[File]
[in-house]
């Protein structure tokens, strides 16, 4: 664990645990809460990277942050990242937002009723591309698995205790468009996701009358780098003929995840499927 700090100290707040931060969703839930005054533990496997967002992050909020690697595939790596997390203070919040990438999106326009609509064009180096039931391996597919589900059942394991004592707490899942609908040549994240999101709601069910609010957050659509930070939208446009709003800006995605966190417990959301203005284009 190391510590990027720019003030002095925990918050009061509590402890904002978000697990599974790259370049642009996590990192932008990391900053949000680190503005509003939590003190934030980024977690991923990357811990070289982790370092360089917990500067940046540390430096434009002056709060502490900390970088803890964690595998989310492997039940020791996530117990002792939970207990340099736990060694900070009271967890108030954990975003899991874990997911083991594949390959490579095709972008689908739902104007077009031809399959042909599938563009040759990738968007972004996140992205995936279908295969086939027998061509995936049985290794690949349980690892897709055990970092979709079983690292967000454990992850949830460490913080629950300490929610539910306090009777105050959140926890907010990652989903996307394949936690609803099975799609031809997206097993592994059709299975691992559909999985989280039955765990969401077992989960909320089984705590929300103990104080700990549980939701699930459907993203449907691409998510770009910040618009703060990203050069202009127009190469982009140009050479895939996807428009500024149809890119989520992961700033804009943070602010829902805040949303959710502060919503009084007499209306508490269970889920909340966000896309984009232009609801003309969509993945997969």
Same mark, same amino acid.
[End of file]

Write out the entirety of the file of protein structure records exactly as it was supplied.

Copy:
[in-house]
């Protein structure tokens, strides 16, 4: 664990645990809460990277942050990242937002009723591309698995205790468009996701009358780098003929995840499927 700090100290707040931060969703839930005054533990496997967002992050909020690697595939790596997390203070919040990438999106326009609509064009180096039931391996597919589900059942394991004592707490899942609908040549994240999101709601069910609010957050659509930070939208446009709003800006995605966190417990959301203005284009 190391510590990027720019003030002095925990918050009061509590402890904002978000697990599974790259370049642009996590990192932008990391900053949000680190503005509003939590003190934030980024977690991923990357811990070289982790370092360089917990500067940046540390430096434009002056709060502490900390970088803890964690595998989310492997039940020791996530117990002792939970207990340099736990060694900070009271967890108030954990975003899991874990997911083991594949390959490579095709972008689908739902104007077009031809399959042909599938563009040759990738968007972004996140992205995936279908295969086939027998061509995936049985290794690949349980690892897709055990970092979709079983690292967000454990992850949830460490913080629950300490929610539910306090009777105050959140926890907010990652989903996307394949936690609803099975799609031809997206097993592994059709299975691992559909999985989280039955765990969401077992989960909320089984705590929300103990104080700990549980939701699930459907993203449907691409998510770009910040618009703060990203050069202009127009190469982009140009050479895939996807428009500024149809890119989520992961700033804009943070602010829902805040949303959710502060919503009084007499209306508490269970889920909340966000896309984009232009609801003309969509993945997969």
Same mark, same amino acid.